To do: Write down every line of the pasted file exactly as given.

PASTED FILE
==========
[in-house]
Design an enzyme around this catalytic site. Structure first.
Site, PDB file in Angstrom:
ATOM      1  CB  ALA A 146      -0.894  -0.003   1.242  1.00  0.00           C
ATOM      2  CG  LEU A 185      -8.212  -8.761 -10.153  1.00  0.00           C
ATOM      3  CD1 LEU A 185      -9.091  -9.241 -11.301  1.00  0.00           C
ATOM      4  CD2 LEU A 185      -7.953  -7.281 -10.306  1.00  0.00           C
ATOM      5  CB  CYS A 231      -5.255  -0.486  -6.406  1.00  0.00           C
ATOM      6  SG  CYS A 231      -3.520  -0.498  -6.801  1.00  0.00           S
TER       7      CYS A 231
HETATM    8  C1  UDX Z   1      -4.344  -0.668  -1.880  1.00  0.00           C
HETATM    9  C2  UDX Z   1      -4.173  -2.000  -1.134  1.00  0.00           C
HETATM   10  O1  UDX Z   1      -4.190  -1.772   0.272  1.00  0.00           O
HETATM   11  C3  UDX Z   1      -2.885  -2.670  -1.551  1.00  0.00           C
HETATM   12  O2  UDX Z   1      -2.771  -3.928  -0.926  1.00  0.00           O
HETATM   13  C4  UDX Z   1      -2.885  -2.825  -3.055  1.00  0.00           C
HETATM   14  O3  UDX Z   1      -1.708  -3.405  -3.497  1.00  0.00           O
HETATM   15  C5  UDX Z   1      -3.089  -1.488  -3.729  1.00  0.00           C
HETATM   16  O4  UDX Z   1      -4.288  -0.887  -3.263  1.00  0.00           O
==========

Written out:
[in-house]
Design an enzyme around this catalytic site. Structure first.
Site, PDB file in Angstrom:
ATOM      1  CB  ALA A 146      -0.894  -0.003   1.242  1.00  0.00           C
ATOM      2  CG  LEU A 185      -8.212  -8.761 -10.153  1.00  0.00           C
ATOM      3  CD1 LEU A 185      -9.091  -9.241 -11.301  1.00  0.00           C
ATOM      4  CD2 LEU A 185      -7.953  -7.281 -10.306  1.00  0.00           C
ATOM      5  CB  CYS A 231      -5.255  -0.486  -6.406  1.00  0.00           C
ATOM      6  SG  CYS A 231      -3.520  -0.498  -6.801  1.00  0.00           S
TER       7      CYS A 231
HETATM    8  C1  UDX Z   1      -4.344  -0.668  -1.880  1.00  0.00           C
HETATM    9  C2  UDX Z   1      -4.173  -2.000  -1.134  1.00  0.00           C
HETATM   10  O1  UDX Z   1      -4.190  -1.772   0.272  1.00  0.00           O
HETATM   11  C3  UDX Z   1      -2.885  -2.670  -1.551  1.00  0.00           C
HETATM   12  O2  UDX Z   1      -2.771  -3.928  -0.926  1.00  0.00           O
HETATM   13  C4  UDX Z   1      -2.885  -2.825  -3.055  1.00  0.00           C
HETATM   14  O3  UDX Z   1      -1.708  -3.405  -3.497  1.00  0.00           O
HETATM   15  C5  UDX Z   1      -3.089  -1.488  -3.729  1.00  0.00           C
HETATM   16  O4  UDX Z   1      -4.288  -0.887  -3.263  1.00  0.00           O